Memory-Only Tables

Memory-only tables are not persisted by default like a regular table. You can add, modify, or delete records in a memory-only table.

A memory-only table name must adhere to the standard naming criteria. Each memory-only table exists within a schema and follows the standard name resolution rules for persisted tables.

The following scenarios/endpoints will create a memory-only table (unless persistence is specified):


  • Ingestion speed is better than persisted tables, as there are no disk writes.
  • There's no reliance on lookups between connected join data sets or scanning mask on filtered data sets, resulting in faster queries.
  • All memory-only tables created by endpoints copy data from their source data sets, thus their memory footprint can be quite large compared to a join view or a filtered view.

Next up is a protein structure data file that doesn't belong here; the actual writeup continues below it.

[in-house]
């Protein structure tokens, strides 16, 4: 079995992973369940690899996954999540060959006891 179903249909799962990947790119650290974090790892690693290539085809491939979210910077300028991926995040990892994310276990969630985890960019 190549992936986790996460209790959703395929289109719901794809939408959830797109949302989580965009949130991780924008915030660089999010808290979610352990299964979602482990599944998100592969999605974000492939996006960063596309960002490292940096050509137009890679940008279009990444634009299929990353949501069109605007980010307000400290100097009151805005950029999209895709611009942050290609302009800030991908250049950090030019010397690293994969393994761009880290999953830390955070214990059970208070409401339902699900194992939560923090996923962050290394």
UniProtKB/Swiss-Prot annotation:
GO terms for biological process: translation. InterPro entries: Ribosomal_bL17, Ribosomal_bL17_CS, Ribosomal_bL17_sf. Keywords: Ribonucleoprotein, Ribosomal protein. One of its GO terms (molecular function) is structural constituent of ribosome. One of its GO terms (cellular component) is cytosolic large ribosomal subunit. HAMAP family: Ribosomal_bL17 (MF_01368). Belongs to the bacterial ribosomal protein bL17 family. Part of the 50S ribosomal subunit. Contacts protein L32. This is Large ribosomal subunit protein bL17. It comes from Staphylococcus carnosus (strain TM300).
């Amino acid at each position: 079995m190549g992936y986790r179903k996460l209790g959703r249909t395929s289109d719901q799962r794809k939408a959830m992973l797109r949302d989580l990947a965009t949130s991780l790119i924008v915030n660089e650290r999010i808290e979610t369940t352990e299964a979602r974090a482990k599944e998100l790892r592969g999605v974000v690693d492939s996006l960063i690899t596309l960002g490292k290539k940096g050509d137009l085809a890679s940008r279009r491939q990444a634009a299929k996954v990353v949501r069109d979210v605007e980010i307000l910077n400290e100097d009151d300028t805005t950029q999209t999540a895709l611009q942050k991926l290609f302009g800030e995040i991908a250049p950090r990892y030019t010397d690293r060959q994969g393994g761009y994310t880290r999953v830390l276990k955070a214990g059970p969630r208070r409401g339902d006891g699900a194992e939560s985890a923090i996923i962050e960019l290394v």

Limitations and Cautions

  • Primary Key fields contained within memory-only tables cannot be updated.
  • Object ID cannot be used to update or delete records.
  • Memory-only tables cannot contain store-only or non-charN string column types.
  • A memory-only table is not persisted, by default, and will not survive a database restart, though each endpoint that creates a memory-only table has an option to persist the table instead.
  • Memory-only tables can be evicted to disk cache if RAM is limited, thus incurring disk writes
  • Individual memory-only table types have additional limitations and properties that may differ from the preceding limitations. More information can be found in Aggregation, Except, Intersect, Projections, and Union.